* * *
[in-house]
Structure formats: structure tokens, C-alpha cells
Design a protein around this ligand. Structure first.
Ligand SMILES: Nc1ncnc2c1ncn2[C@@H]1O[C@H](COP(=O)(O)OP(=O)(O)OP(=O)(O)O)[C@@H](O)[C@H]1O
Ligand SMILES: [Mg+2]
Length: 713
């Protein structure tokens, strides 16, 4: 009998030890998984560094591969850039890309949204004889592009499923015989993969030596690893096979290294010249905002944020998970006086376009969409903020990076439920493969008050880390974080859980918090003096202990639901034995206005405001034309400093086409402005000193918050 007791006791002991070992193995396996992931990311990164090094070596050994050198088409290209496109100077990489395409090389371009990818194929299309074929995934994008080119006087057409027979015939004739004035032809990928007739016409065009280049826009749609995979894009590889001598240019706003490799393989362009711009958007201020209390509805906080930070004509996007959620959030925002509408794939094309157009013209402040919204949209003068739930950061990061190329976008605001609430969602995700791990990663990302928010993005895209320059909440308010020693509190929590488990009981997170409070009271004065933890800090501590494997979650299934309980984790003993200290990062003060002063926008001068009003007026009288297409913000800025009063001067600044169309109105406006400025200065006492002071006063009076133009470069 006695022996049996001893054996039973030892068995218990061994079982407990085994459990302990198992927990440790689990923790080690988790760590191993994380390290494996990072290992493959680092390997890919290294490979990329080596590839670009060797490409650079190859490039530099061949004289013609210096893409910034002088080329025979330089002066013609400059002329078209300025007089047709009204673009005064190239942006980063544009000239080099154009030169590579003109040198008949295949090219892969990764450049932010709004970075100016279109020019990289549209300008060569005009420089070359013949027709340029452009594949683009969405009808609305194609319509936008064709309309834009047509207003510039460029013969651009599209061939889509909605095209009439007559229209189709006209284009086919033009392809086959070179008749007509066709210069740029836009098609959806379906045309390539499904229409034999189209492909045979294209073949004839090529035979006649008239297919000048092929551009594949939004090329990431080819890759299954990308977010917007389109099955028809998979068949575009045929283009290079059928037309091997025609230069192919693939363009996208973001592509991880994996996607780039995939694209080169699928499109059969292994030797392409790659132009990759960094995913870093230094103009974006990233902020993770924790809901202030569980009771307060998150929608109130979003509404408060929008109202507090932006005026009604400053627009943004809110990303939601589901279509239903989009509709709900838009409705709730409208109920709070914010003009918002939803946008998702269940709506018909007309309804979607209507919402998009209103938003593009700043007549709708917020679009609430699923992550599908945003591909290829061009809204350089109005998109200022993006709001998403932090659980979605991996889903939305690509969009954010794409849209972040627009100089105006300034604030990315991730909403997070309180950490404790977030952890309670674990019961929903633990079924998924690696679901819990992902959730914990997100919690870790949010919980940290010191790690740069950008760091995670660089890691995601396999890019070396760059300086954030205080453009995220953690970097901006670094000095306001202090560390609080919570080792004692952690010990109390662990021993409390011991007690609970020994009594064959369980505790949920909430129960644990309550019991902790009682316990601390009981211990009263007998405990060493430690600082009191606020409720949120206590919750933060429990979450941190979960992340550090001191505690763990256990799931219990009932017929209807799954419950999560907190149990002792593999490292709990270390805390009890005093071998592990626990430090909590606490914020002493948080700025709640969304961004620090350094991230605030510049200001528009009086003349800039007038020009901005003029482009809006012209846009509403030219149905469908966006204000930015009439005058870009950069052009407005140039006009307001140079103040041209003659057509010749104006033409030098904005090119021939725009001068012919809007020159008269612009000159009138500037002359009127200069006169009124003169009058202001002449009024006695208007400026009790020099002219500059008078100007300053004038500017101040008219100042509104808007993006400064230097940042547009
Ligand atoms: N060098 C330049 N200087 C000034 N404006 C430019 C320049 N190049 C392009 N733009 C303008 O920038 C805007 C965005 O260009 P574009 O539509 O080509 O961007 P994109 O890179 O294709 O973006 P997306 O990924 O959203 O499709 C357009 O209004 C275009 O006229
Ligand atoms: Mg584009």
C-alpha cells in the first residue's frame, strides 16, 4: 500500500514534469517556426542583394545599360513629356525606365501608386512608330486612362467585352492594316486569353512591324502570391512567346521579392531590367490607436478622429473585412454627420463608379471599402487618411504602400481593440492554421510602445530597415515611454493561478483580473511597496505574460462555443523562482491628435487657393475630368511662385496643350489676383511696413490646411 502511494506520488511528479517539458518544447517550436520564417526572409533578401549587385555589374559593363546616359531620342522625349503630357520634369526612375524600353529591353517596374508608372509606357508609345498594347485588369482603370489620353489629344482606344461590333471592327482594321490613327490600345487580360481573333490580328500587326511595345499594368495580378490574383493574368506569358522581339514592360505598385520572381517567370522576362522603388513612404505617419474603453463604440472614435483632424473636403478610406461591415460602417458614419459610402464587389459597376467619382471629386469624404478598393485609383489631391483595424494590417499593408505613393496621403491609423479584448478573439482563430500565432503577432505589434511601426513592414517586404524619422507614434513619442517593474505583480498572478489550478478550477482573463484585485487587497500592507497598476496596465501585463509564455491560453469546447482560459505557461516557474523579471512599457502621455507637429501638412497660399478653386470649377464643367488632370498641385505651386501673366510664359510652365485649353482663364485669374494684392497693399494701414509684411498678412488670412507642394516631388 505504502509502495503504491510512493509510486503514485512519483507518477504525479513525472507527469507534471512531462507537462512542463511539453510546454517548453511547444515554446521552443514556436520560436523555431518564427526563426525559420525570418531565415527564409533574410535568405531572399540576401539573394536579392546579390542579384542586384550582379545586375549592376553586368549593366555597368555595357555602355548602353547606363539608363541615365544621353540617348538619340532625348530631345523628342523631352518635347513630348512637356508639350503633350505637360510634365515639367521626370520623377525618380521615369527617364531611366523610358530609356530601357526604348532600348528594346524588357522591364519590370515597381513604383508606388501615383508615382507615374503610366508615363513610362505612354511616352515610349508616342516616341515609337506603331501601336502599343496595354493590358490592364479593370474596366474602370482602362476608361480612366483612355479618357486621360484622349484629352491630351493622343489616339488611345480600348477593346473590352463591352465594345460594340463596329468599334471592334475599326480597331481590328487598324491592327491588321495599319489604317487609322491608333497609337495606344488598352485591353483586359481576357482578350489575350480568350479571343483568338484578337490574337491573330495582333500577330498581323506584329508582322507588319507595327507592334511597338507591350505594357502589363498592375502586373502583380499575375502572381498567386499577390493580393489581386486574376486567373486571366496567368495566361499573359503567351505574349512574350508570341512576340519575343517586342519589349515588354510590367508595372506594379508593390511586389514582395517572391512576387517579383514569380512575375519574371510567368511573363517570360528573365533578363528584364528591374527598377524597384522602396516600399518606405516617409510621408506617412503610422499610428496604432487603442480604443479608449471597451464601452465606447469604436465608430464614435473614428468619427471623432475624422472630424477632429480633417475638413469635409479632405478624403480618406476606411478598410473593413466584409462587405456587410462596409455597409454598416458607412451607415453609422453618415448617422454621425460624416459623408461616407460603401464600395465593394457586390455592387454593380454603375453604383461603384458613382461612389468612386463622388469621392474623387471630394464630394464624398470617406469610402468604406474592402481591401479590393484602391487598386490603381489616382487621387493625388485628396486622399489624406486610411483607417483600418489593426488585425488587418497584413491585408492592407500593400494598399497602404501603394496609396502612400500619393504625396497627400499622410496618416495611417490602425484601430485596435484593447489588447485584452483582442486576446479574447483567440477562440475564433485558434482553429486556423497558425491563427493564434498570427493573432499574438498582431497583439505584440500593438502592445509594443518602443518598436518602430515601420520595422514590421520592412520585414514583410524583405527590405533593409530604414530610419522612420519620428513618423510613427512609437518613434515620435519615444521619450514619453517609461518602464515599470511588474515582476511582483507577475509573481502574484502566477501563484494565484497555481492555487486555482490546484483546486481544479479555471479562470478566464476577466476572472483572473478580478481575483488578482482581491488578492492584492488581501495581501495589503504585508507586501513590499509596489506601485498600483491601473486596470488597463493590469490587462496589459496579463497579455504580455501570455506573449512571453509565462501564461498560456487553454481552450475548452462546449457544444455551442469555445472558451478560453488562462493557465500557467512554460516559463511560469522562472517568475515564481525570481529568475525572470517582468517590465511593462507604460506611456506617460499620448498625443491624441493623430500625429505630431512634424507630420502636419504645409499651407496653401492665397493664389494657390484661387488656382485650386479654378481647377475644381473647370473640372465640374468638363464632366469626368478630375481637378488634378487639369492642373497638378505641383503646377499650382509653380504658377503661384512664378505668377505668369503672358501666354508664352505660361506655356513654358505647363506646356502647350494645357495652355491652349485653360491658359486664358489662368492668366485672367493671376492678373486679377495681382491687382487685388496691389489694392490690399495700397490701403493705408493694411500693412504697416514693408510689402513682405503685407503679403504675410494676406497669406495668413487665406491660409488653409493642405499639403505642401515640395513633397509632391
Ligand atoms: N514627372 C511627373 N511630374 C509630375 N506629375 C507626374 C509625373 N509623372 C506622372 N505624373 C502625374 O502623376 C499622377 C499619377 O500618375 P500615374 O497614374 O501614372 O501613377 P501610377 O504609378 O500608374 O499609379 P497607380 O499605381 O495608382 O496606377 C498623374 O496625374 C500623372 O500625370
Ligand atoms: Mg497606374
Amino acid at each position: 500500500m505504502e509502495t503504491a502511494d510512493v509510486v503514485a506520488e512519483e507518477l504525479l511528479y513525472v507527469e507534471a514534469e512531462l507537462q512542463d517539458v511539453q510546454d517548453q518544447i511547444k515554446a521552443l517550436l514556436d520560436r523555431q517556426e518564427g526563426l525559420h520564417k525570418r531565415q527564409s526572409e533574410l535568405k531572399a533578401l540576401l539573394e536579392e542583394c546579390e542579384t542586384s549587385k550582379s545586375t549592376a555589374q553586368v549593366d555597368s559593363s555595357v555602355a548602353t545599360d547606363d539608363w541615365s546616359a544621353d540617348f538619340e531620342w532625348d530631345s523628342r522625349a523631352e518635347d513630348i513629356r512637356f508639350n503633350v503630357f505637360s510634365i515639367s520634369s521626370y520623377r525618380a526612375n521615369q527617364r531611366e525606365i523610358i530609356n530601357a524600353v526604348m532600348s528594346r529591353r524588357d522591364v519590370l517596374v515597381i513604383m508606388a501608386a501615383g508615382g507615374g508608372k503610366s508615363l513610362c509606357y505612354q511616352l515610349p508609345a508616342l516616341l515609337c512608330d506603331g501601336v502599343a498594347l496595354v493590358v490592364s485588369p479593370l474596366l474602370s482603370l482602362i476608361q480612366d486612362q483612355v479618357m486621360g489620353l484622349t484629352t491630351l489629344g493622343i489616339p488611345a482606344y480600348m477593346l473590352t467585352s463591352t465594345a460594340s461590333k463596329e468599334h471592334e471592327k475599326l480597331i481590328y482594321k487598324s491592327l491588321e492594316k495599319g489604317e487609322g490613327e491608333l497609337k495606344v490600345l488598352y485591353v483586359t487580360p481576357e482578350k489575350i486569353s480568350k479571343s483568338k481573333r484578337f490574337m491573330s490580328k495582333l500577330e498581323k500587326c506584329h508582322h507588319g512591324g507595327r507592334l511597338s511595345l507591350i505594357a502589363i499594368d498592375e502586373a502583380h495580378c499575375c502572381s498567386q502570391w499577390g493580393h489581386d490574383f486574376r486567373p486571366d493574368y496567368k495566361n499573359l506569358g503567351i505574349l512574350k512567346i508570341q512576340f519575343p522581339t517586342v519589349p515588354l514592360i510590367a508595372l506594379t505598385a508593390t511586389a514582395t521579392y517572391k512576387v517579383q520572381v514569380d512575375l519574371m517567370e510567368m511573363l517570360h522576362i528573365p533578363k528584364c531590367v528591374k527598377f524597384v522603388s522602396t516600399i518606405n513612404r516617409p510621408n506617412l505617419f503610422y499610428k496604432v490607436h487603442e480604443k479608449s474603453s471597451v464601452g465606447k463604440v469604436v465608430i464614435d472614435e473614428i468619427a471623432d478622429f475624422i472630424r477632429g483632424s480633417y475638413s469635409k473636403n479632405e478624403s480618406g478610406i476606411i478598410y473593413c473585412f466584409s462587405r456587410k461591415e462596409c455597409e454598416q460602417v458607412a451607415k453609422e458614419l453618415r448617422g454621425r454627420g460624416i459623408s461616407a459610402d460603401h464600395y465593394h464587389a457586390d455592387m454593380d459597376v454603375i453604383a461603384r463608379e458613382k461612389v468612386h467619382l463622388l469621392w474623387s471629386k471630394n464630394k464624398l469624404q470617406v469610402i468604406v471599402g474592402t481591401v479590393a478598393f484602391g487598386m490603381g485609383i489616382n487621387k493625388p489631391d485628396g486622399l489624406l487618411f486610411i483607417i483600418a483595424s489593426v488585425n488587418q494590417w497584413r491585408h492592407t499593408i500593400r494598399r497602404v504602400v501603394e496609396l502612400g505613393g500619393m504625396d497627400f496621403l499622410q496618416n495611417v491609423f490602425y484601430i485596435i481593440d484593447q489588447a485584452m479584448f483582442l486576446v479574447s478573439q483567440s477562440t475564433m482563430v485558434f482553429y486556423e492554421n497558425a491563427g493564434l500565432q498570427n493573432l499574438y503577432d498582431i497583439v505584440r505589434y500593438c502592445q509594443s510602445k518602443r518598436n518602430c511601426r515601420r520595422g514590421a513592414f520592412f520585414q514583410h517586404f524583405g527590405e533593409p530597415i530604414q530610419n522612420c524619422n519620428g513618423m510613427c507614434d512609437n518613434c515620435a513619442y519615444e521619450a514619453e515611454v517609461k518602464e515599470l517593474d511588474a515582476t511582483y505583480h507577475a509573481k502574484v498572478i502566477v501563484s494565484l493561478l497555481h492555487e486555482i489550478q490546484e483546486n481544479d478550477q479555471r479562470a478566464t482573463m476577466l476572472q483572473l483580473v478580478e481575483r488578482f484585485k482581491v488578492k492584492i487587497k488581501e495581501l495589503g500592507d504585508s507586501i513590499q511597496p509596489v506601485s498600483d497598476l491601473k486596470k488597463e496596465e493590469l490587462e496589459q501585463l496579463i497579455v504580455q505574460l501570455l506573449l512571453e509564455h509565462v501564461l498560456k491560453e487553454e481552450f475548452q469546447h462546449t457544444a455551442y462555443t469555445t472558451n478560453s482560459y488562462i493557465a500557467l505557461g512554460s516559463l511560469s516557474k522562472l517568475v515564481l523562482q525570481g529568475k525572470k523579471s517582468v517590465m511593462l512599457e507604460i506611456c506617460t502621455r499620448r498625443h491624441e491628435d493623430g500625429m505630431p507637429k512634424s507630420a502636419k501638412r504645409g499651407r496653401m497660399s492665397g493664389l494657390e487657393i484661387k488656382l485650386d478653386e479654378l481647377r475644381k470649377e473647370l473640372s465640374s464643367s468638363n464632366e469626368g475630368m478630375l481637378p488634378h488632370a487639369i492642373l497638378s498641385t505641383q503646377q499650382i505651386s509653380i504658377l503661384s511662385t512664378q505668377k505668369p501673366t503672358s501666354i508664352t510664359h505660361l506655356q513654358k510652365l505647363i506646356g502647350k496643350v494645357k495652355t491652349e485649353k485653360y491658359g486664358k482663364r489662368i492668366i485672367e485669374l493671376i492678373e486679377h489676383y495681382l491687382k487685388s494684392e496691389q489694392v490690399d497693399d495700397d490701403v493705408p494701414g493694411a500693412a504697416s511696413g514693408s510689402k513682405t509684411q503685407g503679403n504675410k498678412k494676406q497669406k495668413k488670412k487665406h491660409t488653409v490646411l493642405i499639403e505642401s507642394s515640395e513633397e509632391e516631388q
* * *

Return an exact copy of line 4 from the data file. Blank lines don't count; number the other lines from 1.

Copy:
Ligand SMILES: Nc1ncnc2c1ncn2[C@@H]1O[C@H](COP(=O)(O)OP(=O)(O)OP(=O)(O)O)[C@@H](O)[C@H]1O